Robot helpers tackling social isolation

Home help robots could become a reality, reports AbilityNetA screen shot from a Dr Who BBC fil showing Tom Baker as the doctor and K9

What do K-9, Metal Mickey and iRobot have in common?  All three were designed as companions; for The Doctor, a family and for the elderly. Robots for social isolation are now a reality.

Japan, for example, is already exploring how robots in care homes could combat social isolation.

The Japanese government has funded the development of elder care robots to plug a predicted 380,000 shortfall in specialised workers by 2025, according to Reuters

Care homes in Japan are using SoftBank Robotics Corp’s Pepper to engage with patients. Pepper is a humanoid robot, which is able to hold conversations through a wearable tablet screen. 

Seal of approval for Japan's care homes

Japan's care homes are also embracing the concept of robotic animals to provide companionship.

This includes PARO a robotic seal, which is pretty cute and fluffy as robots go. 

Modelled on a Canadian Harp seal, the therapy robot Paro has a rhythm of the morning, daytime, and night and is active during the daytime, but gets sleepy at night.

It has five sensors that are able to react to light, temperature, posture and sound PARO has five kinds of sensors including tactile, light, audition, temperature, and posture sensors. Paro feels being stroked or being held by the posture sensor.

PARO can also recognize the direction of voice and words such as its name, greetings, and praise with its audio sensor.

Closer to home robotic cats are providing comfort to the elderly in UK care homes.

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Others are looking to robots to care for people either at home or in an assisted living environment. 

In the US where over 11 million seniors live at home, BUDDY is a robot that aims to provide companionship in the home. BUDDY "walks around the house like a pet" according to the website and is one of the more emotional robots we've featured, here.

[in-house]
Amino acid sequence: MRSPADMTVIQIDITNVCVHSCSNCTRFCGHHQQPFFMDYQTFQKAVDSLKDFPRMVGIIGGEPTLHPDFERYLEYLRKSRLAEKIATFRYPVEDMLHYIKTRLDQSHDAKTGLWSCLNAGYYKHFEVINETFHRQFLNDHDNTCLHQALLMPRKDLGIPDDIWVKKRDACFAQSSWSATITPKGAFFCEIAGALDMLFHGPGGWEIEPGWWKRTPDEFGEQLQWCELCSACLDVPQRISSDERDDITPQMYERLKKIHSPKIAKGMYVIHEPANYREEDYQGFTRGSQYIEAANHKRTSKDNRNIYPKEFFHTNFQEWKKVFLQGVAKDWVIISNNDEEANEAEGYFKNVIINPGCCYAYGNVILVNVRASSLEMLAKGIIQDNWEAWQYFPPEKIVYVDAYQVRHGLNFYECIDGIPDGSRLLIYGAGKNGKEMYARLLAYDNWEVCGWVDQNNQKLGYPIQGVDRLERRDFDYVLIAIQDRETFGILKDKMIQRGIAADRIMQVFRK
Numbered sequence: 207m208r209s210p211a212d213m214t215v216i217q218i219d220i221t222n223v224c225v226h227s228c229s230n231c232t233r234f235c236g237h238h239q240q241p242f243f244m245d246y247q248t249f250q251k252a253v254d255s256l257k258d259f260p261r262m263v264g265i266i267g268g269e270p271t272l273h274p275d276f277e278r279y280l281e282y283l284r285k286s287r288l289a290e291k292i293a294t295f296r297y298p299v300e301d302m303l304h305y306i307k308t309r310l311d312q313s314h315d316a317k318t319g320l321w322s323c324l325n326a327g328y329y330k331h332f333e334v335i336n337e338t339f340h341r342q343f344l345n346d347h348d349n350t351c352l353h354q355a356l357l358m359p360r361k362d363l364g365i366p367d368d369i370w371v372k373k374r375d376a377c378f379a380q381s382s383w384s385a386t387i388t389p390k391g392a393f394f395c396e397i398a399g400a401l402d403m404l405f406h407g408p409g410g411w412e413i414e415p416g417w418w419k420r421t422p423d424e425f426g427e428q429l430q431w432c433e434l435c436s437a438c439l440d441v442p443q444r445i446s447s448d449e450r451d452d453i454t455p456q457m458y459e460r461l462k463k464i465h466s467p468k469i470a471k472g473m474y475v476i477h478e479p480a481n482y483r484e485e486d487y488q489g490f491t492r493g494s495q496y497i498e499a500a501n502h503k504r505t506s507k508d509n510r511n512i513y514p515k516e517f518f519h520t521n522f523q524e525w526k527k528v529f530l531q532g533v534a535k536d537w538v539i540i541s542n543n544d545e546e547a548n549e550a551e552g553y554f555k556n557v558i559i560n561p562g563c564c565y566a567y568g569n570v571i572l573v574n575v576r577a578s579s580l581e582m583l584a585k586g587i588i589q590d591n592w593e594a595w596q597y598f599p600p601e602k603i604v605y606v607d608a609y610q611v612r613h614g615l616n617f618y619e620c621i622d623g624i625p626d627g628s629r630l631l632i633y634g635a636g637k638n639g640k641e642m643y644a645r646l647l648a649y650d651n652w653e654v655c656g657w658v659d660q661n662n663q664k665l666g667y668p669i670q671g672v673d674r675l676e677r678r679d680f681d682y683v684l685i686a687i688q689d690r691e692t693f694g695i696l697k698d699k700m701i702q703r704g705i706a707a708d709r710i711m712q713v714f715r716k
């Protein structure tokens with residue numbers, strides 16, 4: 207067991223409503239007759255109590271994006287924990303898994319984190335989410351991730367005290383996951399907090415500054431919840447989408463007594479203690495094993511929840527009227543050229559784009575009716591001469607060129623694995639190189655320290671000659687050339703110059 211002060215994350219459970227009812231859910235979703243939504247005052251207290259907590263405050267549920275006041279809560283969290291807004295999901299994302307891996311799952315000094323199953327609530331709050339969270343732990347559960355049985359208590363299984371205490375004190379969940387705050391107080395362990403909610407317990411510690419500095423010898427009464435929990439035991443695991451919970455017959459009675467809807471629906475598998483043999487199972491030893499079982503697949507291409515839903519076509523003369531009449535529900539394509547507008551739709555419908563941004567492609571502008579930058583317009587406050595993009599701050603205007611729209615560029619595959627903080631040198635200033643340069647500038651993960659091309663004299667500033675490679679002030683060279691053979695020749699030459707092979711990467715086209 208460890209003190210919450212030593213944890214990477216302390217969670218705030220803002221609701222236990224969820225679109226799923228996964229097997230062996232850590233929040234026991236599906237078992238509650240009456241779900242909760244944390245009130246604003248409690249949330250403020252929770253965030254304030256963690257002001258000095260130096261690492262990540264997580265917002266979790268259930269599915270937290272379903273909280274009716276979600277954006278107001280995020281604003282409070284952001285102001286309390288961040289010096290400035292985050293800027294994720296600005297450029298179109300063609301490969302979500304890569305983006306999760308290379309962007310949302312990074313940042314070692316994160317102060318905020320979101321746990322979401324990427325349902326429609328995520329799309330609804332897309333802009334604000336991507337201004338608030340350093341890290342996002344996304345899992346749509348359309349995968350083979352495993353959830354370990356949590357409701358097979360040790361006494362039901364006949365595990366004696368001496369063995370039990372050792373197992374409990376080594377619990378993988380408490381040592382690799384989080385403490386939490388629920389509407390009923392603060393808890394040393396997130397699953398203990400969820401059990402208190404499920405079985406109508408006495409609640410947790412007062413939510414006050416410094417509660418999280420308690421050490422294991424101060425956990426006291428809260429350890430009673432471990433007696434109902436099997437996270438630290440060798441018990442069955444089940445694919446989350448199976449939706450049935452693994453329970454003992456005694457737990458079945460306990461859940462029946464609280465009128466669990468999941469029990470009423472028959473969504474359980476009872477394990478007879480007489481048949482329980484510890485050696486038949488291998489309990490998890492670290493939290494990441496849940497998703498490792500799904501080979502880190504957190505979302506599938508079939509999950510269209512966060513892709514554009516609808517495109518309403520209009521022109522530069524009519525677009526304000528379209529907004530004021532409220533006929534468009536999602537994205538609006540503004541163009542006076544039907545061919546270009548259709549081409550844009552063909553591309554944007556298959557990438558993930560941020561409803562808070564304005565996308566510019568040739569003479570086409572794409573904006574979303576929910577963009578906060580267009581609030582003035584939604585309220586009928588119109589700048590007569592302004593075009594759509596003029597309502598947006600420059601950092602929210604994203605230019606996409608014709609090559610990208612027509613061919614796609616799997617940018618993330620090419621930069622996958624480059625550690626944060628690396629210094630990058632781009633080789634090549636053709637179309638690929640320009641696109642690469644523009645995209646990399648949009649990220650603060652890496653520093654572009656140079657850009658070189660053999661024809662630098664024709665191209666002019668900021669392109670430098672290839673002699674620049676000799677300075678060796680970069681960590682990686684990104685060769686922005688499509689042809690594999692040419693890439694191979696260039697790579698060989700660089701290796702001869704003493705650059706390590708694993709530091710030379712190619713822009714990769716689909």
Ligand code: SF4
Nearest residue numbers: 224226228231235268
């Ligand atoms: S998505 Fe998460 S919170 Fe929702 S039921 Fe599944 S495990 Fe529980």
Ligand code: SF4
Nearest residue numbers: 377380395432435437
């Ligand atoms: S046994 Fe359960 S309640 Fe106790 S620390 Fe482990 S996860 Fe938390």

He has a range of emotions he'll express during the day based on real-world interactions, and could become grumpy if he's ignored. He doubles as a personal assistant and can interact with your smart home connected devices. BUDDY is also able to detect falls and other unusual activity.

The Care-o-bot from Fraunhofer IPA operates in a number of German assisted living facilities.  Already in its fourth-generation, the Care-o-bot is designed to serve food and drink from a kitchen. It can also play memory games with occupants to help keep their minds sharp.

Read about smart home technology and how it can help disabled people

Robots waiting tables in Japan

Also in Japan, a cafe is reportedly being staffed by robotic waiters being controlled remotely by paralysed people.

Ten disabled people are controlling the robots in the Dawn Ver cafe in Tokyo with the robots' controllers earning 1,000 yen (£7) per hour. The controllers have a variety of conditions including amyotrophic lateral sclerosis (ALS), a form of motor neuron disease.

The aim is to provide paralysed people with a sense of independence. 

Called OriHime-D the 1.2-metre tall robots are the brainchild of Japanese start-up Ory. They were originally designed to be used in the homes of disabled people but were being used in the cafe on a trial basis. 

The creators are raising money via a crowdfunding campaign to see if they can get enough to open a Dawn Ver cafe permanently from 2020.

Robots reducing isolation in younger people

It isn't only the elderly that can experience feelings of isolation.  No Isolation's AV1 robot sits in a classroom and provides a connection and a virtual presence for young people with long term conditions. 

The small, portable robot can be used as a child’s eyes, voice and ears in the classroom in cases where the student has a long term health condition. It's popularly used by TechShare Pro Special Award winner 2018 Lewis Hine to attend college. 

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